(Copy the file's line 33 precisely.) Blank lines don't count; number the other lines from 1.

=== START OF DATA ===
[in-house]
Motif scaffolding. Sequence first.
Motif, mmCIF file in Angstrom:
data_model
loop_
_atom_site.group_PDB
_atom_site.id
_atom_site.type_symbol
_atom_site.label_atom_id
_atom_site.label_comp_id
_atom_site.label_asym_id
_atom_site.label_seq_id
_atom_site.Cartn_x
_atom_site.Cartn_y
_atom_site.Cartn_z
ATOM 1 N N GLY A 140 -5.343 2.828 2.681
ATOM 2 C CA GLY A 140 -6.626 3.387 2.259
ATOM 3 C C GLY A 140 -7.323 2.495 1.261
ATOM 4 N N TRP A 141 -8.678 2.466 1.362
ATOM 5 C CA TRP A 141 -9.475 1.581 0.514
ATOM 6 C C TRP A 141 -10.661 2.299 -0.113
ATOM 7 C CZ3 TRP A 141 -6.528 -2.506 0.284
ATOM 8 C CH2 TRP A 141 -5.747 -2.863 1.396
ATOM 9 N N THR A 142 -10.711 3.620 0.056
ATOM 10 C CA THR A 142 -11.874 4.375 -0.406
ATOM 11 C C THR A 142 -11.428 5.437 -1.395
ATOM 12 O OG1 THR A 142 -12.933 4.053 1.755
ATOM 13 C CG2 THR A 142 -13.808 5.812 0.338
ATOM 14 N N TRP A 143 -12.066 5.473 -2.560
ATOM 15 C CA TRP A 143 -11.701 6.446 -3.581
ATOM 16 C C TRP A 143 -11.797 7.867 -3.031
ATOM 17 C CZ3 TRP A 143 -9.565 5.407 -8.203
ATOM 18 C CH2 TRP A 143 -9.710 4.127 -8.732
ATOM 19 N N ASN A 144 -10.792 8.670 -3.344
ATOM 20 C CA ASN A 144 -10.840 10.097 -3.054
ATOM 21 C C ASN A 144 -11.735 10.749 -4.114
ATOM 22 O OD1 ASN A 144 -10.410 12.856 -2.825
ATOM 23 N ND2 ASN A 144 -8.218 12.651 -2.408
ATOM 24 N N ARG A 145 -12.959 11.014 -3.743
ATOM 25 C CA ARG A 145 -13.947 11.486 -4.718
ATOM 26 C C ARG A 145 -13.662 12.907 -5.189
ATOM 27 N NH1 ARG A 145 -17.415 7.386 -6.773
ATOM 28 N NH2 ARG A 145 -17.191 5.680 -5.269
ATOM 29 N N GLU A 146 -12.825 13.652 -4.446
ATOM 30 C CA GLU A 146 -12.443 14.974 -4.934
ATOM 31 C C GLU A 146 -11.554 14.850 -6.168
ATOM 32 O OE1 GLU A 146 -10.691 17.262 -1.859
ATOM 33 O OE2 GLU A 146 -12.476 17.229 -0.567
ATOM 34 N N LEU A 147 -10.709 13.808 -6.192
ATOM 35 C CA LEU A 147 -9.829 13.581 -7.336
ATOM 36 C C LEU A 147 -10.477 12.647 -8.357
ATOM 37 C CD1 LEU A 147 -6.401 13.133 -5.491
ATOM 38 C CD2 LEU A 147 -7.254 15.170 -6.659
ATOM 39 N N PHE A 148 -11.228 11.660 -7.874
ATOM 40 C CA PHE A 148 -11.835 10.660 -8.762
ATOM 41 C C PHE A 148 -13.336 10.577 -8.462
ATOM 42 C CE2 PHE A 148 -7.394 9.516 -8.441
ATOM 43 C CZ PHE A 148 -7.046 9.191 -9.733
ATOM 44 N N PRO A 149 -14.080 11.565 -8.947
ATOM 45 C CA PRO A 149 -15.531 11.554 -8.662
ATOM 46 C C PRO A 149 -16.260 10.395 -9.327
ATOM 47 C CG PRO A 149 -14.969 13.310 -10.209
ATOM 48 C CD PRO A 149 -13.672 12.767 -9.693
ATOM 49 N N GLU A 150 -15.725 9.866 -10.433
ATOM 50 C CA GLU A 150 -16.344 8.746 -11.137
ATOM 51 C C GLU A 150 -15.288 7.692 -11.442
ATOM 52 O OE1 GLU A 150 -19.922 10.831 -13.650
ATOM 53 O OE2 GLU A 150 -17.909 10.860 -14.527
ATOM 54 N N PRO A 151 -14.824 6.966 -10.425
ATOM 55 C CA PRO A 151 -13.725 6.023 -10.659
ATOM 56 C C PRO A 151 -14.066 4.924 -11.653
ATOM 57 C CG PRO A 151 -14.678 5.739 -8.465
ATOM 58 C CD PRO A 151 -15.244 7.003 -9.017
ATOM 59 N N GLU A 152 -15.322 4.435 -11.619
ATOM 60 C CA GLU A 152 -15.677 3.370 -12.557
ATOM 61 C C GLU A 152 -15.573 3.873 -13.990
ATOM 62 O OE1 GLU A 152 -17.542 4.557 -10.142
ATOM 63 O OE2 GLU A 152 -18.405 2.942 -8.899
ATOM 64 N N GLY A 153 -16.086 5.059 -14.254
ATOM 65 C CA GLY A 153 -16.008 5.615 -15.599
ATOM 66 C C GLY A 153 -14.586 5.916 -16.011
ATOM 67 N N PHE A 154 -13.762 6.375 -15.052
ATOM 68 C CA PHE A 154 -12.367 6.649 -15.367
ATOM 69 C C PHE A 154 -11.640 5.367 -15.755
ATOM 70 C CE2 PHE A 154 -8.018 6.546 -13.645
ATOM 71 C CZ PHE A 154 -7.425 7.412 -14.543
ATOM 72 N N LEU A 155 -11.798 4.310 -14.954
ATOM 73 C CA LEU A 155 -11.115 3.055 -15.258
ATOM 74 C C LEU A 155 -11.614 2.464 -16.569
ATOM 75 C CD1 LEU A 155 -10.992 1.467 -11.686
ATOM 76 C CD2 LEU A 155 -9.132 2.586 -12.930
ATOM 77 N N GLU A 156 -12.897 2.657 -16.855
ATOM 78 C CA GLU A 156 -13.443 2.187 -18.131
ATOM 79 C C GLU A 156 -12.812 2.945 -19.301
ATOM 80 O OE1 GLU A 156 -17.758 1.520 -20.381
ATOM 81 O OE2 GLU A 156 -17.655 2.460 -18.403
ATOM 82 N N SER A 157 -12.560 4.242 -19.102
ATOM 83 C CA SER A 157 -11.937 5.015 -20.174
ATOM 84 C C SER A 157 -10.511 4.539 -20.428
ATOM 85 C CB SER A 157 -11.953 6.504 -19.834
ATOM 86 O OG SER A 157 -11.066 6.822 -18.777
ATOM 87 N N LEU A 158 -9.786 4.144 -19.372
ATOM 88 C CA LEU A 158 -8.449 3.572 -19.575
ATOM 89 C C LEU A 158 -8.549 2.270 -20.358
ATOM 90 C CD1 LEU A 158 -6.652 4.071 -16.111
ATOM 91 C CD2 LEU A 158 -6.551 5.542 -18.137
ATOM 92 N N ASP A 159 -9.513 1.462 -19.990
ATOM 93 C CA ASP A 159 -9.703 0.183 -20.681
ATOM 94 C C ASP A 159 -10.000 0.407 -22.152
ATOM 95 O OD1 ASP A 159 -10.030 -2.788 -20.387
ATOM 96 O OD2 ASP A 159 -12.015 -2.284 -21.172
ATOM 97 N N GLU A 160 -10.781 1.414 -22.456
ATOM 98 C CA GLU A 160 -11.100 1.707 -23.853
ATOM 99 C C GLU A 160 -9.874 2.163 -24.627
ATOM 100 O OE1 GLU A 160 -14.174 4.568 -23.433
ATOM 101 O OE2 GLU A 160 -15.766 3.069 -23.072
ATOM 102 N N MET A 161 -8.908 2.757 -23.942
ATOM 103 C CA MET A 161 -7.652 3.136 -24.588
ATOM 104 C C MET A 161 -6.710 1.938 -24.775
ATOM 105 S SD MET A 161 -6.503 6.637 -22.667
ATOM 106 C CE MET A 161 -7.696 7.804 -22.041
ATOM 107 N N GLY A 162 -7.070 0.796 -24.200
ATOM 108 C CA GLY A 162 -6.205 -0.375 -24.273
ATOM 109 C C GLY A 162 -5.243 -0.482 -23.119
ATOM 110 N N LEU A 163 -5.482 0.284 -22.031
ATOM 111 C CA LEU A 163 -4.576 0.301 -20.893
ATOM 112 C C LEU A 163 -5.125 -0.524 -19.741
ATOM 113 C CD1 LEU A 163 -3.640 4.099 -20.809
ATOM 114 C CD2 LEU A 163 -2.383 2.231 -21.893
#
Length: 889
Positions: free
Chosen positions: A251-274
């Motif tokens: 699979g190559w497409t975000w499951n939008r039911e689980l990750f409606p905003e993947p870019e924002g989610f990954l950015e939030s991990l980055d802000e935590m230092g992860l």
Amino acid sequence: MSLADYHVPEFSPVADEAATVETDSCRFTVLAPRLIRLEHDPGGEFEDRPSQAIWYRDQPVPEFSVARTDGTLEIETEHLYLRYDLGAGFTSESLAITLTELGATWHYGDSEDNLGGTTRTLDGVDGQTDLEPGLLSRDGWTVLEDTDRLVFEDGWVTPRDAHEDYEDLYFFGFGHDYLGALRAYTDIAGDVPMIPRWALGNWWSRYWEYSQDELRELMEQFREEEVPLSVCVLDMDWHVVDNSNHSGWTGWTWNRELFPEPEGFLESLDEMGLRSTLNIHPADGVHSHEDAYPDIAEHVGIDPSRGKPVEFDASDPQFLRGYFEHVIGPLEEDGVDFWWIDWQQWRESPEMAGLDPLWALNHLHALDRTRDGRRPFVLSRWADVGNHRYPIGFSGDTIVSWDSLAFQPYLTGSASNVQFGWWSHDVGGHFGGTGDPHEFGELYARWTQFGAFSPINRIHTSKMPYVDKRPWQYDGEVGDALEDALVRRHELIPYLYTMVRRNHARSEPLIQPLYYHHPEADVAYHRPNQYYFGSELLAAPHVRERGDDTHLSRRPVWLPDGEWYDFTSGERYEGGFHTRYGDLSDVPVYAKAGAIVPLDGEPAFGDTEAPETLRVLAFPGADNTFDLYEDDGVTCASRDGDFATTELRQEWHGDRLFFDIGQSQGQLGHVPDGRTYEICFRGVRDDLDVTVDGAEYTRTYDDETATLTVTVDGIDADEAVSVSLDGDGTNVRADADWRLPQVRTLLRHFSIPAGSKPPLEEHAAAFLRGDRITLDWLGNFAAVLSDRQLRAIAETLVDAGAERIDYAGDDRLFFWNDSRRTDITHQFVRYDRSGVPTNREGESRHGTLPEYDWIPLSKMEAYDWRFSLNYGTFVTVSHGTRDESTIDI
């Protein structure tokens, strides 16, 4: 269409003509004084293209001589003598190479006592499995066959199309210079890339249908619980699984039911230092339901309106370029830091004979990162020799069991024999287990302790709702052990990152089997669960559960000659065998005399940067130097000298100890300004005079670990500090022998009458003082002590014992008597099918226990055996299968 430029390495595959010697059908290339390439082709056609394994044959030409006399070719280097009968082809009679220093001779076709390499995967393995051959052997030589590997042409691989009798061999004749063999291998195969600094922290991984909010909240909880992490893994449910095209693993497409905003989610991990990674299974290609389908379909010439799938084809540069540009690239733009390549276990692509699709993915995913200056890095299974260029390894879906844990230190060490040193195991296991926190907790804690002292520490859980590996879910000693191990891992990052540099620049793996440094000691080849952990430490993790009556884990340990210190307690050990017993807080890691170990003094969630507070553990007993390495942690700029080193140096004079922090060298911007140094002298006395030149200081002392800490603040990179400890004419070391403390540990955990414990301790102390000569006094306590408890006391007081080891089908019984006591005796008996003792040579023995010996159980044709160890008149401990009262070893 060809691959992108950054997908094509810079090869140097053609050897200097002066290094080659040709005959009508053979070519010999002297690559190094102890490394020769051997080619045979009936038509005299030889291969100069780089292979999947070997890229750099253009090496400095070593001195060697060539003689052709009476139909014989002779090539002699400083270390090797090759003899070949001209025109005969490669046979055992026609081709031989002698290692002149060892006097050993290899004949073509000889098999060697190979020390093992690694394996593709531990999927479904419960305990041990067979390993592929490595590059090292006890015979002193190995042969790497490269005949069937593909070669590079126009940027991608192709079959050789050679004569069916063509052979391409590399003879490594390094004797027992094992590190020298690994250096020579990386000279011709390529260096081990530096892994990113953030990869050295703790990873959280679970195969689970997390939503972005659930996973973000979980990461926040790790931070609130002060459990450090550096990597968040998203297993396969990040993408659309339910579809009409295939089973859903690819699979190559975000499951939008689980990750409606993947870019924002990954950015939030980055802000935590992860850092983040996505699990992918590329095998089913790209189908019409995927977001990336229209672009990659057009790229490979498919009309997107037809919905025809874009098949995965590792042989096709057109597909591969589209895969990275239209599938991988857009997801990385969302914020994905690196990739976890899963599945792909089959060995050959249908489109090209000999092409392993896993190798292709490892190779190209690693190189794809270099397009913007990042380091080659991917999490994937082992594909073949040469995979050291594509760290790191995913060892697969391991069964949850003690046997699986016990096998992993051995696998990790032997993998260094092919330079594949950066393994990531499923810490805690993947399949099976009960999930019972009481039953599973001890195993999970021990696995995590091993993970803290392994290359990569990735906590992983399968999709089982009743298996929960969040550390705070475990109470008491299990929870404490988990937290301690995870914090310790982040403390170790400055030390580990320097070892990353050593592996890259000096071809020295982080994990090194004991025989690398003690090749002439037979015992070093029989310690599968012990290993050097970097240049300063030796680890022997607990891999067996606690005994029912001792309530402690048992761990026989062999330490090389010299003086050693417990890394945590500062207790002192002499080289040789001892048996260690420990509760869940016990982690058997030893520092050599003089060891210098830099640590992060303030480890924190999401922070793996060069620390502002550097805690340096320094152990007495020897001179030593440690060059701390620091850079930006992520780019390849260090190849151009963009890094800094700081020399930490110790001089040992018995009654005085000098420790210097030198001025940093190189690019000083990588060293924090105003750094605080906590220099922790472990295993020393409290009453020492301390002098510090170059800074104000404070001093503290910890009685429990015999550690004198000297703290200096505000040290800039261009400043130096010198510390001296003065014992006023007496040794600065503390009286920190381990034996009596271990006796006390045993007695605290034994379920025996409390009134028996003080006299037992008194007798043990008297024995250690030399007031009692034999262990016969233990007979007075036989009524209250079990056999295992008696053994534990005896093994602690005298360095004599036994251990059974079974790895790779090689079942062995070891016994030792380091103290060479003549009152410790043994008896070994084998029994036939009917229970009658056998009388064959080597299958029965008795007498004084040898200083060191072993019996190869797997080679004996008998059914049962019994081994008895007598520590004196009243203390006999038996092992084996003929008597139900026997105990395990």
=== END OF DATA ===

ATOM 18 C CH2 TRP A 143 -9.710 4.127 -8.732